Good management practices have made it easier for firms to adapt to novel practices such as homeworking and online sales during the pandemic, according to research by the Office of National Statistics.
The researchers say overall, better-managed firms have retained their labour productivity advantage over comparable peers during 2020. It found that larger firms are better managed than otherwise comparable smaller firms.
Similarly, younger firms appear to be better managed. Human capital among both managers and non-managers, as approximated by the share of employees with degrees, also strongly predicts management score. The researchers say that this suggests that some management practices might be embodied in the skills and knowledge of the workforce, or that a certain level of human capital is needed for modern management practices to work. The researchers also said that "type of firm structure, such as foreign ownership or family management and ownership are not strongly correlated once we control for other characteristics". Of course, a firm’s ownership could determine variables such as its size and human capital, and therefore still indirectly influence management practices, they added.
The researchers used data from the Management and Expectations Survey (MES) 2020 to shed light on the role management practices play in allowing businesses to adapt to the challenges of the coronavirus (Covid-19) pandemic. MES 2020 gathered information on the management practices, homeworking rates and other firm characteristics for about 12,000 firms in Great Britain during 2019 and 2020 and follows on from MES 2017, which collected similar information during 2016.
Andrew Mawson, founder of global workplace consultancy Advanced Workplace Associates (AWA), said the conclusions of the research were "no surprise".
Mawson said: "There is a clear geographical contrast emerging in the approach to hybrid work, particularly when you take into account reports of the US banks compared with the UK and Europeans. However, good management may not be enough to support trust in the workforce. Our own research, in partnership with the Centre for Evidence-Based Management, published at the start of the pandemic pointed to six fundamental factors that are scientifically proven to support knowledge worker productivity: social cohesion, perceived supervisory support, information sharing, vision and goal clarity, external outreach, and trust.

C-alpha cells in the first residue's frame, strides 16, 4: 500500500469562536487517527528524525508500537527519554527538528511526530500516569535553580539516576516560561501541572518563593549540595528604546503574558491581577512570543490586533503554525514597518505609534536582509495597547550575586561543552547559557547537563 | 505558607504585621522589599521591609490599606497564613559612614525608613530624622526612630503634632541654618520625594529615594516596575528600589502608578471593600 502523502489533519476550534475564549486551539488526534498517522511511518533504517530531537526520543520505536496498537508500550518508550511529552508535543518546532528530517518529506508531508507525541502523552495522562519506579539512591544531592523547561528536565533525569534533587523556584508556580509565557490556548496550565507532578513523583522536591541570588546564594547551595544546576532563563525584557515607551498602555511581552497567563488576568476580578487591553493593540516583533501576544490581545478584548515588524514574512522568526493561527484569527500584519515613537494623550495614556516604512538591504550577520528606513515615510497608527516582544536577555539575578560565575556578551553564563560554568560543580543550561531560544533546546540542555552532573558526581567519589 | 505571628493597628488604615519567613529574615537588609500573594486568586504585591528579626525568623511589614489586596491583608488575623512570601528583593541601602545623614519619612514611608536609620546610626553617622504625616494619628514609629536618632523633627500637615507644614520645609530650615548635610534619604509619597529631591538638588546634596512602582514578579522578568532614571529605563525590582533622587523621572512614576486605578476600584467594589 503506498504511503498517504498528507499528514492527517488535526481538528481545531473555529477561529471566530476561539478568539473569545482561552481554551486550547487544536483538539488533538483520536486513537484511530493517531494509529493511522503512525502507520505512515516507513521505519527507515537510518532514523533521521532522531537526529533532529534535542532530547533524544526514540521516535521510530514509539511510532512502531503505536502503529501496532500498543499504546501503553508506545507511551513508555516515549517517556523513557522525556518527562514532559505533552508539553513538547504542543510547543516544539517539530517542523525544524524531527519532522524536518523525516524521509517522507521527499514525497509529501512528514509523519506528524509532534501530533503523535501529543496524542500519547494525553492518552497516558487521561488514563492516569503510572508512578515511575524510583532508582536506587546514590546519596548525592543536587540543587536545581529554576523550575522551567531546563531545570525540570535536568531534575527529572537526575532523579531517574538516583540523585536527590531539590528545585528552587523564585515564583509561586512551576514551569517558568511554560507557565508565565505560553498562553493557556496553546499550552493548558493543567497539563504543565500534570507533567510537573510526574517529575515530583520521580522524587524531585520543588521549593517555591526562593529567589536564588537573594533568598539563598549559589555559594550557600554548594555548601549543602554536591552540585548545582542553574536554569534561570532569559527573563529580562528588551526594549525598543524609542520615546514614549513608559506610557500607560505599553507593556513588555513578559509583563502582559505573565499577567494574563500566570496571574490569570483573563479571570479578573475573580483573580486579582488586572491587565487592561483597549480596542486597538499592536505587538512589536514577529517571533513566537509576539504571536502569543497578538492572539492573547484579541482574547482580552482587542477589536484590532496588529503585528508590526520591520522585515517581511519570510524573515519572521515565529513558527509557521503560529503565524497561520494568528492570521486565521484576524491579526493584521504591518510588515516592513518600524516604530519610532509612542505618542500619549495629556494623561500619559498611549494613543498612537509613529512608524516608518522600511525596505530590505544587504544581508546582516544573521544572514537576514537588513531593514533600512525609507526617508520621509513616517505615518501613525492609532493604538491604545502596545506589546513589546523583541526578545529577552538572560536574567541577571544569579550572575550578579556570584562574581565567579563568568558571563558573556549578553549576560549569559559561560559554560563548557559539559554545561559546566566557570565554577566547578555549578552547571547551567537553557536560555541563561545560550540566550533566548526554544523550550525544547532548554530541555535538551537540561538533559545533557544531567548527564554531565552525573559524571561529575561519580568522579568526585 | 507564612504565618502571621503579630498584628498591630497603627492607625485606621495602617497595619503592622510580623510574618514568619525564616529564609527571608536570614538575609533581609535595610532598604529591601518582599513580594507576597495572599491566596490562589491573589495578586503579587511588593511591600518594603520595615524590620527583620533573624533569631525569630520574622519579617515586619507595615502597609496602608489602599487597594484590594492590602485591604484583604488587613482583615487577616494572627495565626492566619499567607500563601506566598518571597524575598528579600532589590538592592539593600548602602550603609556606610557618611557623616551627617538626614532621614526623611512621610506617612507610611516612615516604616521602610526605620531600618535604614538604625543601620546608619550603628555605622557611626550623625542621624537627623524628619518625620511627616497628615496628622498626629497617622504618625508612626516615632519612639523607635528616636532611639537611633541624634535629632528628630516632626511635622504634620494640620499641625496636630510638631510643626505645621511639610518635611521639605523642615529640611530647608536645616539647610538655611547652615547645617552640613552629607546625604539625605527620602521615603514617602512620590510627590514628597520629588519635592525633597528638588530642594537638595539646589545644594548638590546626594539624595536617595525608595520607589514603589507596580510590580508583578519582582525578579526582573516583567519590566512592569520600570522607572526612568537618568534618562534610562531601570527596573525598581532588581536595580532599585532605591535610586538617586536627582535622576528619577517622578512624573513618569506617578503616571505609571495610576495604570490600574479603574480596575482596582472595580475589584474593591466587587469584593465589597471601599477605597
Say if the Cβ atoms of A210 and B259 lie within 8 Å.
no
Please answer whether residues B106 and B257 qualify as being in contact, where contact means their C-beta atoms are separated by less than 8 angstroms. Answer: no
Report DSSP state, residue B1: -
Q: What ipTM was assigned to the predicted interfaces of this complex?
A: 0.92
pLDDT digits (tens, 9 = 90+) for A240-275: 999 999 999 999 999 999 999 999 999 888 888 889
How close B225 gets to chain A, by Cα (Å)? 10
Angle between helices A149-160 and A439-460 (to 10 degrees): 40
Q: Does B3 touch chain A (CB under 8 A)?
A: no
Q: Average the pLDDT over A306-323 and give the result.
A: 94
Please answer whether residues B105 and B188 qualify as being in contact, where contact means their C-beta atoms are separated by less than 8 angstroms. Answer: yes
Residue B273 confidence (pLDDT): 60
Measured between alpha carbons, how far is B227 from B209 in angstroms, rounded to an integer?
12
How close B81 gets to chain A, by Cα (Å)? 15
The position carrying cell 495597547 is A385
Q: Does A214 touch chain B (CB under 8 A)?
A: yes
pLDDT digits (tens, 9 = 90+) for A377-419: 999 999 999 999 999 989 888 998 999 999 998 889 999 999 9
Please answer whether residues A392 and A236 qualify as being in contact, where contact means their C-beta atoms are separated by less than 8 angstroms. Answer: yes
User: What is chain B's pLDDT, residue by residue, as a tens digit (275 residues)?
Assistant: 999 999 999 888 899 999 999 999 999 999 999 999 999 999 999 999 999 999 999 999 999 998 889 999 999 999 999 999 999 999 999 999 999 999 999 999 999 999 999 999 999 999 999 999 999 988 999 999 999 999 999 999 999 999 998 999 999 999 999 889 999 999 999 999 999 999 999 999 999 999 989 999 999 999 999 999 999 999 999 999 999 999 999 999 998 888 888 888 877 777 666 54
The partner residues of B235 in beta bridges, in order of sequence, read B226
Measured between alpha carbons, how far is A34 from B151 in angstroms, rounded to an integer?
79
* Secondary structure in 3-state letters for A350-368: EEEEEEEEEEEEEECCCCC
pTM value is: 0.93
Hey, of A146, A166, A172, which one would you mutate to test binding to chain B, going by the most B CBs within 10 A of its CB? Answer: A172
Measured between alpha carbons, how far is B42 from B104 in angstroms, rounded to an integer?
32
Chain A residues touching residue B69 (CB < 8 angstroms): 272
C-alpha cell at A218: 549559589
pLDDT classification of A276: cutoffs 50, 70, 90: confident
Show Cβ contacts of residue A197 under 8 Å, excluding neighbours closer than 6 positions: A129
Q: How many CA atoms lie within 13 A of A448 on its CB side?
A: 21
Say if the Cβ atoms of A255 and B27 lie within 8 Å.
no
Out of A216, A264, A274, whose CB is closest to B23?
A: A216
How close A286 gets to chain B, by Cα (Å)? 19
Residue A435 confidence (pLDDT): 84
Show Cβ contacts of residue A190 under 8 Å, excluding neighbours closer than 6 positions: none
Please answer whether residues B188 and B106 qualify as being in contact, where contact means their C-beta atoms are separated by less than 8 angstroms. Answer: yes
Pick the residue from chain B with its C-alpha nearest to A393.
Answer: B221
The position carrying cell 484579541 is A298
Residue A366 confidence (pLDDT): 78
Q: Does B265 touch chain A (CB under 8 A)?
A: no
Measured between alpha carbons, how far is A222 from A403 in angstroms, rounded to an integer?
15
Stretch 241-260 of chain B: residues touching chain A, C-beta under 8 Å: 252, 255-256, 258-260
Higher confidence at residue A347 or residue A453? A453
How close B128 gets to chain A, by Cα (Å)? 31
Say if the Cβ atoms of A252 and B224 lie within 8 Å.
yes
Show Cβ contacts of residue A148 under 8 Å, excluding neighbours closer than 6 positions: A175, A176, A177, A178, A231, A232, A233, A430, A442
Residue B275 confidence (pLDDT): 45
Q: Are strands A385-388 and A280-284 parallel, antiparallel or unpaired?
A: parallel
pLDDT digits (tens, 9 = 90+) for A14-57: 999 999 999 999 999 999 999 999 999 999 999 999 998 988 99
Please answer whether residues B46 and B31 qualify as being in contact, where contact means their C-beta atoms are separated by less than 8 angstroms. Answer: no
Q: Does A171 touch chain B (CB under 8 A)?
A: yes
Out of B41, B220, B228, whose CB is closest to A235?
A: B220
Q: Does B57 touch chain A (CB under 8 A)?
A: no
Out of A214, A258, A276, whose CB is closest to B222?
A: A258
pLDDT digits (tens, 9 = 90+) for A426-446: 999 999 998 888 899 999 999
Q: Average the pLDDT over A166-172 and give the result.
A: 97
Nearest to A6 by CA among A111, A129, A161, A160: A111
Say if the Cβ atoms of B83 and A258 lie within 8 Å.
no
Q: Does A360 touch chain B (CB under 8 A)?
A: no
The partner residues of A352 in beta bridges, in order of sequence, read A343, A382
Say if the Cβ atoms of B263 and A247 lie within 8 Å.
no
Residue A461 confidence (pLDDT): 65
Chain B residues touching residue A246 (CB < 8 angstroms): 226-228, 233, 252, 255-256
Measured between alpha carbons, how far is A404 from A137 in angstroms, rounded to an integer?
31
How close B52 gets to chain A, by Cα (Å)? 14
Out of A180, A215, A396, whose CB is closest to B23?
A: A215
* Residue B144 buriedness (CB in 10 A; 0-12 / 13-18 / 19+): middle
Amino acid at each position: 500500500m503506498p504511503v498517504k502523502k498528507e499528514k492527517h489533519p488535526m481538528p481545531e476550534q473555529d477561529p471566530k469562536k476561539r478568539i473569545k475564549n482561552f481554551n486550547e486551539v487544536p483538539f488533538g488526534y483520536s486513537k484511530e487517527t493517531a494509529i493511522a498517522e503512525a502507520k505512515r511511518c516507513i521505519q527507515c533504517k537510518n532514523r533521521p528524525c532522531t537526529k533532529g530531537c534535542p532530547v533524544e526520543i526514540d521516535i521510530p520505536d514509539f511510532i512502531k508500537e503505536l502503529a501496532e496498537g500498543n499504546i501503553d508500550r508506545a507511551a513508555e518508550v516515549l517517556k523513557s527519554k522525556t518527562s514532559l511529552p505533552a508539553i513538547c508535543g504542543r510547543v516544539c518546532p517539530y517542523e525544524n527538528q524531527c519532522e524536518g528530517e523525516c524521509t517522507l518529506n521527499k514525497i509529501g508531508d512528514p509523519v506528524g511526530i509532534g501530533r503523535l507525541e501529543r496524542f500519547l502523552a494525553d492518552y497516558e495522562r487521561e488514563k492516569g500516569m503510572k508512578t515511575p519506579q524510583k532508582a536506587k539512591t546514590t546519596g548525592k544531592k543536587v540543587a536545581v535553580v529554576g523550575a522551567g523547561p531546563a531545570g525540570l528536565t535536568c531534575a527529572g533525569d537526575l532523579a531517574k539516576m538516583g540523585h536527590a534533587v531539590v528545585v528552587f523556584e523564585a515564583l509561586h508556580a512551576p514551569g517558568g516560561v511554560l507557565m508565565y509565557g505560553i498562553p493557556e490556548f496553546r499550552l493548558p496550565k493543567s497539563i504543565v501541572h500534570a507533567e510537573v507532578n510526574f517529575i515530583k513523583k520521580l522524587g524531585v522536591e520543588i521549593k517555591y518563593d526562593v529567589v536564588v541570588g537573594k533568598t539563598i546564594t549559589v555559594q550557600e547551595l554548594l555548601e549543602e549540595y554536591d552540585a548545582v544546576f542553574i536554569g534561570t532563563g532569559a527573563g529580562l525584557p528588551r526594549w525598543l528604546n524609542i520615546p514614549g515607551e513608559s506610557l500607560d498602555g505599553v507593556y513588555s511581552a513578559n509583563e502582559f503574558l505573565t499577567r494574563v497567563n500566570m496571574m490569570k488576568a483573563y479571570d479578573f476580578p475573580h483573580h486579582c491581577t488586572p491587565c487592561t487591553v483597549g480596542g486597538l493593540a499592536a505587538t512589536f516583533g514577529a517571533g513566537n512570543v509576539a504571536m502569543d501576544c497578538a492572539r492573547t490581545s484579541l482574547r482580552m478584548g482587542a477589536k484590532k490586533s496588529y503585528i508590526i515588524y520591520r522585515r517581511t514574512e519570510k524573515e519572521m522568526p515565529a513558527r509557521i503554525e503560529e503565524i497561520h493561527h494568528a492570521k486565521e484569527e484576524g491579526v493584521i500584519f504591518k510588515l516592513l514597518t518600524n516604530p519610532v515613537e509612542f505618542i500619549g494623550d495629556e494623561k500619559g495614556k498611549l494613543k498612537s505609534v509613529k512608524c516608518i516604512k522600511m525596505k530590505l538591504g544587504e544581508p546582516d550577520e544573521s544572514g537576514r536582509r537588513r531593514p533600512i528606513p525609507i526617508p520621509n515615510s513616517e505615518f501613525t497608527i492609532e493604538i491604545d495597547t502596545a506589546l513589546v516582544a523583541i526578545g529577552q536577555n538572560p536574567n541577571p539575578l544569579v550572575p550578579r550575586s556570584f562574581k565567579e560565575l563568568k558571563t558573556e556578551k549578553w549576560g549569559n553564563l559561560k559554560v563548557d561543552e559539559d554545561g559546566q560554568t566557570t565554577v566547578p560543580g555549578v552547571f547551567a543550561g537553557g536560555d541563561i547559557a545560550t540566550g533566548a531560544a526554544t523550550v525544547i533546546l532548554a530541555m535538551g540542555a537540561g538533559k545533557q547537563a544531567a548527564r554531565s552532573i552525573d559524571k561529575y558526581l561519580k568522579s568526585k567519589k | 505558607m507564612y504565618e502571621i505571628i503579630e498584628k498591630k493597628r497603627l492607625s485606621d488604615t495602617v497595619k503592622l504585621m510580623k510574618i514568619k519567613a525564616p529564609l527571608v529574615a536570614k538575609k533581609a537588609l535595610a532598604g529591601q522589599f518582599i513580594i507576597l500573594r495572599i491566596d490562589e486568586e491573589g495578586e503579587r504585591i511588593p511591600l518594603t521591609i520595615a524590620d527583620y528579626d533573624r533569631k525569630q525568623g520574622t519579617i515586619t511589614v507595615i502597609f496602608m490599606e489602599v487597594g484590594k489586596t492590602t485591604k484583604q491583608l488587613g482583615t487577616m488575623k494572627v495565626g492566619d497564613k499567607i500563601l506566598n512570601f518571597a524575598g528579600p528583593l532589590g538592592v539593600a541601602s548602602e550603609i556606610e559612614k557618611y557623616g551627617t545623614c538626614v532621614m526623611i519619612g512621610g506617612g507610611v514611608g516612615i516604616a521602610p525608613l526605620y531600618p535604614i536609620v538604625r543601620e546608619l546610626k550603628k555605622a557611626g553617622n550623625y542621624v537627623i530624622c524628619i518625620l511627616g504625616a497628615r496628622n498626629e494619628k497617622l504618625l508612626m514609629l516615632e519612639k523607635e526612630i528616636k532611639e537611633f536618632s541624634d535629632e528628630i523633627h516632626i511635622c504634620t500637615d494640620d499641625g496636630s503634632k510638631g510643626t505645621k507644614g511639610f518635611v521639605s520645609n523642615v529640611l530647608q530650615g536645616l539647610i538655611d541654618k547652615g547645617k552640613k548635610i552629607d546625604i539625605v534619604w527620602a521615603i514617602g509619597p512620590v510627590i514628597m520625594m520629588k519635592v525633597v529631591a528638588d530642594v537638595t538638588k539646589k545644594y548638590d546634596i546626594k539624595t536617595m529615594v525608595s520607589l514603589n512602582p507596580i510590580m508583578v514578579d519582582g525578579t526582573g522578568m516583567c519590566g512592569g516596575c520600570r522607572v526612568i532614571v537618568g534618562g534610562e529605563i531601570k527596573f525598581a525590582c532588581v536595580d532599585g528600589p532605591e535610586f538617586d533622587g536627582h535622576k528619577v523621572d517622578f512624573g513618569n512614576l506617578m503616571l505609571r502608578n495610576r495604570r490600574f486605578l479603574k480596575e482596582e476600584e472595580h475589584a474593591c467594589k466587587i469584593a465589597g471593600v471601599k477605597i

“Trust, social cohesion and information sharing seem to be the most potentially vulnerable to damage when people work virtually and must be consciously understood and actively managed – so they can’t be left to chance. For social cohesion, business leaders and department heads must also determine how they can create spaces and support systems that encourage their teams to socialise and collaborate throughout the working week. Over the course of the past 12 months it's been quite easy for individuals and teams to get ‘bogged’ down and left to focus solely on their own individual tasks. Now is the time to support these workers in making connections with people who are outside their specific areas of expertise. It's important that these six factors are intentionally strengthened to enable organisations to maintain their effectiveness when people are working 'asynchronously. Because virtual working is here to stay, and this brings both challenges and opportunities for managing the modern workforce.”